Does TiDB include the functionality to fake statistics?

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This topic has been translated from a Chinese forum by GPT and might contain errors.

Original topic: TiDB是否包含伪造统计信息的功能

| username: realcp1018

TiDB is positioned as a scalable distributed database, with billions to tens of billions of tables in production. Sometimes, when new requirements or problem SQLs arise, relying solely on existing statistics can only roughly estimate the effect of adding new indexes, but it is not enough to confirm 100%. I remember that Oracle has the ability to fake statistics for the optimizer to use (not too sure), does TiDB have plans to add this feature or does it currently have this functionality?

| username: tidb菜鸟一只 | Original post link

TiDB itself follows this logic. When statistics are outdated, it uses a pseudo-random number generator to estimate statistics for generating execution plans. As far as I remember, Oracle only dynamically estimates statistics and generates execution plans when the statistics are empty. If there are statistics available, it generates execution plans based on them. If you want to fake it, you can only export the statistics of a table with identical columns and index information and then import them into the current table to achieve the faking effect.

| username: 啦啦啦啦啦 | Original post link

Since statistics can be imported and exported, it should also be possible to directly modify the exported JSON file and then import it to falsify the data.

| username: realcp1018 | Original post link

Now that you mention it, I suddenly realize that my statement might be wrong. What I meant was to forge an index and then perform an execution plan query based on the new index.

| username: realcp1018 | Original post link

Yes, I think what I need is to simulate creating a new index for a table and generate virtual statistics, then observe the response of the SQL optimizer based on this.

| username: Kongdom | Original post link

Are you referring to this?

| username: 有猫万事足 | Original post link

It feels like two sides of the same coin.

Create a fake index and look at the execution plan on the real statistics.
Or create a real index and look at the execution plan on the fake statistics.

I haven’t tried the content of this document, so I’m not sure if the latter can be achieved.
If the latter can be done, the cost of both is about the same.
Create a real index on an empty table and provide fake statistics.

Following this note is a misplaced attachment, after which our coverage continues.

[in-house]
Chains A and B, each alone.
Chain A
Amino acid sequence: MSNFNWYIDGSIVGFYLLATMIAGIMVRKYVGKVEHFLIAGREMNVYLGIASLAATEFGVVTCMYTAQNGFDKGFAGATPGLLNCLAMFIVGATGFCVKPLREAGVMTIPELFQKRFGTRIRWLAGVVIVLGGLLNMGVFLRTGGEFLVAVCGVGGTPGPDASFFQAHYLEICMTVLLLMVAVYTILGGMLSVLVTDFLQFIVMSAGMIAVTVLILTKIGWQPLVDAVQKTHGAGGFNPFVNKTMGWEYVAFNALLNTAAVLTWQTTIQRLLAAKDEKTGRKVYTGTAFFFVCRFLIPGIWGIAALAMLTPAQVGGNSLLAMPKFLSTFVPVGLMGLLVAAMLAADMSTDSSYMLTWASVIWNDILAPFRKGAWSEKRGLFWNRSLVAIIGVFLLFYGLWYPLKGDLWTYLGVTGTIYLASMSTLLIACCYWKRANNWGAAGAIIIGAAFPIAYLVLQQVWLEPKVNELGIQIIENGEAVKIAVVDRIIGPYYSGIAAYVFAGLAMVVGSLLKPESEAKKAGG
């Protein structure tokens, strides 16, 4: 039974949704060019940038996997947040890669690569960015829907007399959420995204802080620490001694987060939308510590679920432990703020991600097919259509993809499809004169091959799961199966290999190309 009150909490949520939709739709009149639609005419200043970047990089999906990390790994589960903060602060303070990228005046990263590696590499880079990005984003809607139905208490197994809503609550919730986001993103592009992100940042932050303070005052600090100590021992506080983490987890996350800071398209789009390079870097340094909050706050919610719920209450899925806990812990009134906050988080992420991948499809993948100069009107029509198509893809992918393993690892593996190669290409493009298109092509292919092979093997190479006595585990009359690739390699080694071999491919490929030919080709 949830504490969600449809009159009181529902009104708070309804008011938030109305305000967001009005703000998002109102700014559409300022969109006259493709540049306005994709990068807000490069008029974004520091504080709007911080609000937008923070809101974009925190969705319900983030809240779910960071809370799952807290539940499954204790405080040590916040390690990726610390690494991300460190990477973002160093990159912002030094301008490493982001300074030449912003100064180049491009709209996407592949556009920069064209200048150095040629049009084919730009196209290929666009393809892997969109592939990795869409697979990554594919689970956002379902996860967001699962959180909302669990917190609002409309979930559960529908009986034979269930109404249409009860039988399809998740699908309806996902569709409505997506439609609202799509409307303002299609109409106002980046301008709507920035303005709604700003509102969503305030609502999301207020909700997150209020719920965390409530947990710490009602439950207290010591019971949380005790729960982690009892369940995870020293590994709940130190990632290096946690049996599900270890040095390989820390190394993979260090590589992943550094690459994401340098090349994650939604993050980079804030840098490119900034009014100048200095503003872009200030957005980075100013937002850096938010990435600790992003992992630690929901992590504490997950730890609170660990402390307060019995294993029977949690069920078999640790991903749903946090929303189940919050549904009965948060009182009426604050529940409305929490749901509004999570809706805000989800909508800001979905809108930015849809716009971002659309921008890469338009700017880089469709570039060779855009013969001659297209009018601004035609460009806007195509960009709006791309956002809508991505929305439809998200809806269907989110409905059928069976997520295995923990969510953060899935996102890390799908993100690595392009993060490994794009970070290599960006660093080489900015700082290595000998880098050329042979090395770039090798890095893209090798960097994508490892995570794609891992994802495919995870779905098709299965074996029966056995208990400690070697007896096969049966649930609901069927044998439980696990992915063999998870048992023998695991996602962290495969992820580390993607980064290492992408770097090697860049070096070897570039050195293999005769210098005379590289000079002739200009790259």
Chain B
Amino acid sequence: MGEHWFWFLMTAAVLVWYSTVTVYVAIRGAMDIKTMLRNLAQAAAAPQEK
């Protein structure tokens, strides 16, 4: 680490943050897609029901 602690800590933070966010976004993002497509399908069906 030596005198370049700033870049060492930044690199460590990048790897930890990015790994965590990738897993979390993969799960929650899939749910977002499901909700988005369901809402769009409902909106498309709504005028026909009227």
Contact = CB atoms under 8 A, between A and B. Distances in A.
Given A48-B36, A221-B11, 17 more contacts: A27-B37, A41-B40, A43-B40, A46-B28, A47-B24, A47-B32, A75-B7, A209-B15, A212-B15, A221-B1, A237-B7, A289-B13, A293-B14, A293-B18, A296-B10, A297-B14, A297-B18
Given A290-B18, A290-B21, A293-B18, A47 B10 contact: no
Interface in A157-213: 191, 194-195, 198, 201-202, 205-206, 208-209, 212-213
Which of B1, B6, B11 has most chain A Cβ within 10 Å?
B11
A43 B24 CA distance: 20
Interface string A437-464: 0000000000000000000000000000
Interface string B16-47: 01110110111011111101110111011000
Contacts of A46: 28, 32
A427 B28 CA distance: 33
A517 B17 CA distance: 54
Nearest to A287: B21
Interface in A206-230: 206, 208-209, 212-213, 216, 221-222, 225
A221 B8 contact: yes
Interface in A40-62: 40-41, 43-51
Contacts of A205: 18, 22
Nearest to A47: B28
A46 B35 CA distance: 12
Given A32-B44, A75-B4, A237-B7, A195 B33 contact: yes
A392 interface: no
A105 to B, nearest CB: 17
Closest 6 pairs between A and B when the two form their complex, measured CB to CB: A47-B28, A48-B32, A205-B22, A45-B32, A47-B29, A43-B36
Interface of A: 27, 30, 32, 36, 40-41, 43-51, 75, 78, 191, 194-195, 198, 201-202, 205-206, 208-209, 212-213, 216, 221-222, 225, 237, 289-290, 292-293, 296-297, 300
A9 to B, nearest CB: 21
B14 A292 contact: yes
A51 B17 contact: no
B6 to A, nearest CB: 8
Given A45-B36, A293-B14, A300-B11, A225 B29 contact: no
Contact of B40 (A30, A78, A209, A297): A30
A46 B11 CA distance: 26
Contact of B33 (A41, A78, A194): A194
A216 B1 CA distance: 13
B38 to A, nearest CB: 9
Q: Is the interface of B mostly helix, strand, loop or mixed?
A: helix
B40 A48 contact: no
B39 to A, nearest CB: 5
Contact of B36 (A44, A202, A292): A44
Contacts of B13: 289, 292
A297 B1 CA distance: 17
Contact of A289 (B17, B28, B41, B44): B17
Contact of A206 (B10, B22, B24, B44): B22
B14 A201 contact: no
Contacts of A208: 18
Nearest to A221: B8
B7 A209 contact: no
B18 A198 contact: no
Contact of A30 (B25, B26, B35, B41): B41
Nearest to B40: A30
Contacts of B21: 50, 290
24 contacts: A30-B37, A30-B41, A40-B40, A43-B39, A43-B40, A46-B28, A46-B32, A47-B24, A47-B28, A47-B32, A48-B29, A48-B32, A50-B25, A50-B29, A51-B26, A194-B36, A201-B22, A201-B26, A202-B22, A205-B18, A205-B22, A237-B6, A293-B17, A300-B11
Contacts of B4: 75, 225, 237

| username: realcp1018 | Original post link

Here is a rough description of the usage scenario:
I have a table with billions of rows, and I found that a certain SQL execution is causing the IO to be fully utilized. Therefore, after reviewing the histogram and buckets statistics of the relevant columns, I decided to add an index. I can roughly predict that this index might be effective, but I cannot 100% predict the SQL optimizer’s reaction to this index. If I end up spending time creating the index only to find that it does not work as expected, then a lot of effort would have been wasted.
My ideal handling method:
Create a virtual index and collect statistics for this virtual index (either automatically or manually, or even import them), and then observe the optimizer’s reaction to it.

| username: realcp1018 | Original post link

It feels like two sides of the same coin.

Create a fake index and look at the execution plan on the real statistics.
Or create a real index and look at the execution plan on the fake statistics.

I haven’t tried the content of this document, so I’m not sure if the latter can be achieved.
If the latter can be done, the cost of both is about the same.
Create a real index on an empty table and provide fake statistics.

:disguised_face: What you said is indeed a very clever method. You can create a new table and import the statistics!
It would be great if there were built-in virtual indexes and automatically generated statistics.

| username: tidb菜鸟一只 | Original post link

I don’t think it needs to be that complicated. Create an identical table, import 1% of the data from the original table, then create the index you want on this new table. Check if the same SQL queries on the original table show any improvement. If they do, then you can create the same index on the original table.

| username: 有猫万事足 | Original post link

I followed the documentation, and it works.

After exporting the JSON file, change the following fields in the JSON file to point to a fake empty table:

 "database_name": "test",
 "table_name": "t",

Then just load the stats from this JSON file. You might also need to lock the stats. I didn’t lock it initially, and after creating a new index, the statistics changed, so I had to reload the stats again.

After that, you can check if the execution plan uses the index. The operation is not as convenient as a virtual index, but the effect is almost the same.

| username: system | Original post link

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